Dark Wraith Of Shannara (Del Rey)

shannara-header.jpgFor the first time ever, Terry Brooks brings his famed fantasy novel series to the comics page.



208 pages. B&W; $13.95

(W: Terry Brooks, Robert Place Napton; A: Edwin David)


Somewhere between the Lord of the Rings and Harry Potter novels were a whole slew of fantasy trilogy books. We who enjoyed these books eagerly attacked the paperback rack at the library and local bookstores looking for our next fix of straightforward tales of swords and sorceries written in a very modern and easy to relate to voice. These books especially appealed to us of the fantasy role playing crowd and were often even published by the same companies that published our game master guides and tomes of monsters and magic. We used these stories as fuel to further our own adventures, played out on a kitchen table with some weird shaped dice and paper and pencil. One of the first and best known authors of this modern era of fantasy was Terry Brooks who, through his ongoing series of Shannara trilogies, has written fantasy for over thirty years now.

Brooks’ large body of work is continuing with his first graphic novel, Dark Wraith Of Shannara, a story that takes place after the events of the original Shannara trilogy. Those who are familiar with the original will recognize the main character Jair Ohmsford and his "Wishsong" power. By whistling the Wishsong, Jair can create illusions to help cloak and disguise himself from potential enemies. Early on in this story, however, Jair learns that he can now transform himself into the legendary-yet-deceased great weapons master Garet Jax, another character from the original trilogy. Now that Jair can make this transformation, he no longer has to hide from his enemies, but can face them in numbers and cut them down with his sword. From a graphic novel standpoint, this adds much more visual action for the reader than watching Jair turn invisible.

The cover to The Dark Wraith of Shannara. Click for a larger image.Now, everyone knows that a fantasy tale has to have a quest. In Dark Wraith, Jair is sought out by the shade of Allanon, the now-deceased former High Druid of Shannara. Evil is on the move in Shannara once again, and Allanon needs Jair to rescue the druid Cogline from the sinister Mwellrets, who intend to abstract the secret location of the gates of Paranor, The Druid’s Keep, from Cogline’s brain. If they succeed, they will be able to claim to all the power of these great druids and it will be very dark times for the people of Shannara. Thus, Jair sets out on his journey with the help of a few friends to rescue Cogline.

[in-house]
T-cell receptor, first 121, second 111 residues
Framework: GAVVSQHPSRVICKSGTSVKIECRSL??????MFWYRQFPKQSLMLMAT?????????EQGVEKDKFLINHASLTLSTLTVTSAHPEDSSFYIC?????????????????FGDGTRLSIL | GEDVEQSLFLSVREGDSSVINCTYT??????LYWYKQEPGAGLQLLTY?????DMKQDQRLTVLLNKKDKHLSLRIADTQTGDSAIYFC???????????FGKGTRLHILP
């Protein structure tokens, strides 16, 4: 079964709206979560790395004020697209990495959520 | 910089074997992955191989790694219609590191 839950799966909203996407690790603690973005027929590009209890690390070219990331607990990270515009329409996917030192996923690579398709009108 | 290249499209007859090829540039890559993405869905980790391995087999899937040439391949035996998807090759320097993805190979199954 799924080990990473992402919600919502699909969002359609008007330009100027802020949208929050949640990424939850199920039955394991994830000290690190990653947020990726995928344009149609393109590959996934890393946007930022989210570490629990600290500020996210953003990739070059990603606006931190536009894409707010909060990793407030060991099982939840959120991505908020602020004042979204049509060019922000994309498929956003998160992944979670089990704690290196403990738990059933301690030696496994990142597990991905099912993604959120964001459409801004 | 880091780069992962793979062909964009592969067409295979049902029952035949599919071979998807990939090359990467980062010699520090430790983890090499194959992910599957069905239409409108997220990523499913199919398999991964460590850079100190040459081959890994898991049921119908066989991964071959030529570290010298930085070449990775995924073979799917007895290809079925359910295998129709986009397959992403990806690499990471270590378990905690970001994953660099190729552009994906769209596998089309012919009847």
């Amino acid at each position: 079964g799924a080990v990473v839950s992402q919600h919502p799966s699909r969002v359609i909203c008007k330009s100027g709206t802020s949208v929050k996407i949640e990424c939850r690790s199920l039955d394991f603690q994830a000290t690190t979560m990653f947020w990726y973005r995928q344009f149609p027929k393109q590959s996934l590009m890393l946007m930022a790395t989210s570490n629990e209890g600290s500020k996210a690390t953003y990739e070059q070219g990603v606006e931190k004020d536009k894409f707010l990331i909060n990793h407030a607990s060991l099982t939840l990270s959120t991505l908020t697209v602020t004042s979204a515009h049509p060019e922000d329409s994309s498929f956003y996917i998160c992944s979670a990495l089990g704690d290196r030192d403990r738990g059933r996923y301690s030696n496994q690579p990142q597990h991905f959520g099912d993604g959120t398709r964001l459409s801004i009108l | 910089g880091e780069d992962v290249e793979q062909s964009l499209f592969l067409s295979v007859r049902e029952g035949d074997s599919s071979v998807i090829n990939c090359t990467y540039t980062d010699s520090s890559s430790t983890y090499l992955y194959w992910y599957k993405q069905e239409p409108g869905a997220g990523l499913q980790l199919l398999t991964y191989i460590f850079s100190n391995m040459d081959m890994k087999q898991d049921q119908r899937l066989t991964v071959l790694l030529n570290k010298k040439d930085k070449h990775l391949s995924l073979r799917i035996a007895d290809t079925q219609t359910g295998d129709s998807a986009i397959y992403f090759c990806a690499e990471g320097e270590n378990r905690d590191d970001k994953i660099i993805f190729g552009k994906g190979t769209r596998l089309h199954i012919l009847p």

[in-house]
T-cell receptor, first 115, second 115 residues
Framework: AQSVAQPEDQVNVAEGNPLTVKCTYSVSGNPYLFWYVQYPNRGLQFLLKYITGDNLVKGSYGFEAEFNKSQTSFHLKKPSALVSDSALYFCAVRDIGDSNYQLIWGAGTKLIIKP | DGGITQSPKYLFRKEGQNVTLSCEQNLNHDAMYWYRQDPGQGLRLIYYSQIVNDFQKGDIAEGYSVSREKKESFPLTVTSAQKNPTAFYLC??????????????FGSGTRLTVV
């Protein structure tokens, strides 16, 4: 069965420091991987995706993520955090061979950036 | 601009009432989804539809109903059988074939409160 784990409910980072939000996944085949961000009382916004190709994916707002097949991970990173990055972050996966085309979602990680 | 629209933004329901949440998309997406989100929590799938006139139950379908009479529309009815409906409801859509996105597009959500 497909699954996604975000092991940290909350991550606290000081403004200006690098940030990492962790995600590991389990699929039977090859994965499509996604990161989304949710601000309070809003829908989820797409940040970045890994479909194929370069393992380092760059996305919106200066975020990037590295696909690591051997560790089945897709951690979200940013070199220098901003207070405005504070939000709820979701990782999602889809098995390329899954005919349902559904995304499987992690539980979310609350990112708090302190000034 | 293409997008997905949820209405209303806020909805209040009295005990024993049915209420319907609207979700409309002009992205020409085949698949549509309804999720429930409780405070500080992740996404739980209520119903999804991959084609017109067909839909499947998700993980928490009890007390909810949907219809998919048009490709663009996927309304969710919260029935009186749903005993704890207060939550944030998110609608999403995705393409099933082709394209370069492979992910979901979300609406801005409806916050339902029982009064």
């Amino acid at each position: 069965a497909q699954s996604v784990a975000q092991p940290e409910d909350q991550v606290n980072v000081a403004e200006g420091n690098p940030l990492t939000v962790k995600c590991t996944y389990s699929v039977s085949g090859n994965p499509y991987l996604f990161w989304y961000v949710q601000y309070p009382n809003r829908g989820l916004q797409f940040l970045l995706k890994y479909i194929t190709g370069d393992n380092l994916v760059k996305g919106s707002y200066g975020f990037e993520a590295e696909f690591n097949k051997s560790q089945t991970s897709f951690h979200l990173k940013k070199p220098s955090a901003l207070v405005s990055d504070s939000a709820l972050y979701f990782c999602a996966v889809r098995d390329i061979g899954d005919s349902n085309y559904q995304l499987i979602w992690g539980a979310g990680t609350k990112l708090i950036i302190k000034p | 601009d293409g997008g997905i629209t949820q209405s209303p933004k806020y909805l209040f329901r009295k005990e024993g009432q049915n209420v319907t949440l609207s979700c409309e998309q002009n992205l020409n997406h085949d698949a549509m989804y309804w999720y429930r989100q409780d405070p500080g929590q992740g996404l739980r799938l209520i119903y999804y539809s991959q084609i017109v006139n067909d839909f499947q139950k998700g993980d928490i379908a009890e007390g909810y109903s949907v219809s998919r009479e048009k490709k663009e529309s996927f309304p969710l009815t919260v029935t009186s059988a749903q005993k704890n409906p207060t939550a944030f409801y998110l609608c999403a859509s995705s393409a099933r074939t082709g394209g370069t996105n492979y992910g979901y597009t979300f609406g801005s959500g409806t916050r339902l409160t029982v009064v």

The most important thing to understand about Dark Wraith Of Shannara is that you do not need to have any previous knowledge of the series to jump right in with this story. Though the novel features previously established characters, Brooks starts the reader off with just enough background to get things going and goes from there without ever looking back. The story is original and complete and covers all the loose ends; there is no reason to rush through a thousand pages of previous stories just to read this graphic novel. Robert Place Napton does an excellent job of adapting the fast-paced adventure to the graphic medium. His dialogue is tight, and though the story is broken up into chapters, the segments maintain a cinematic flow.

Published by Del Rey, Edwin David’s art maintains many of the visual tics one might see in that company’s well-known manga line, but refrains from going overboard with the doe-eyed girls and frail, sharp nosed figures many know as the "manga style." The book’s black and white tones are also a far cry from that seen in most manga, replacing the traditional screentone accents with lush grays that appear as if they were created in full color and then converted to black and white, rather than created strictly with monochrome publishing in mind.

Though the book is listed as 208 pages only 160 of them are actual story. The book does feature some cool behind the scenes features with interview of the talent, a making of feature, and sketch books of the art used in the novel, plus a sample chapter from Brooks’ recent novel The Wishsong of Shannara, making this a very well-rounded product.

The story is a quick read and is great for the teen market. Though any fan of fantasy or Terry Brooks will be happy with the content, some fans of Shannara may not get the same sense of immersion that comes from the original Shannara novels. Most Brooks fans, however, should be delighted in reading new adventures of old favorite characters, and the end of the story definitely preludes to further adventures. | Ryan Parker


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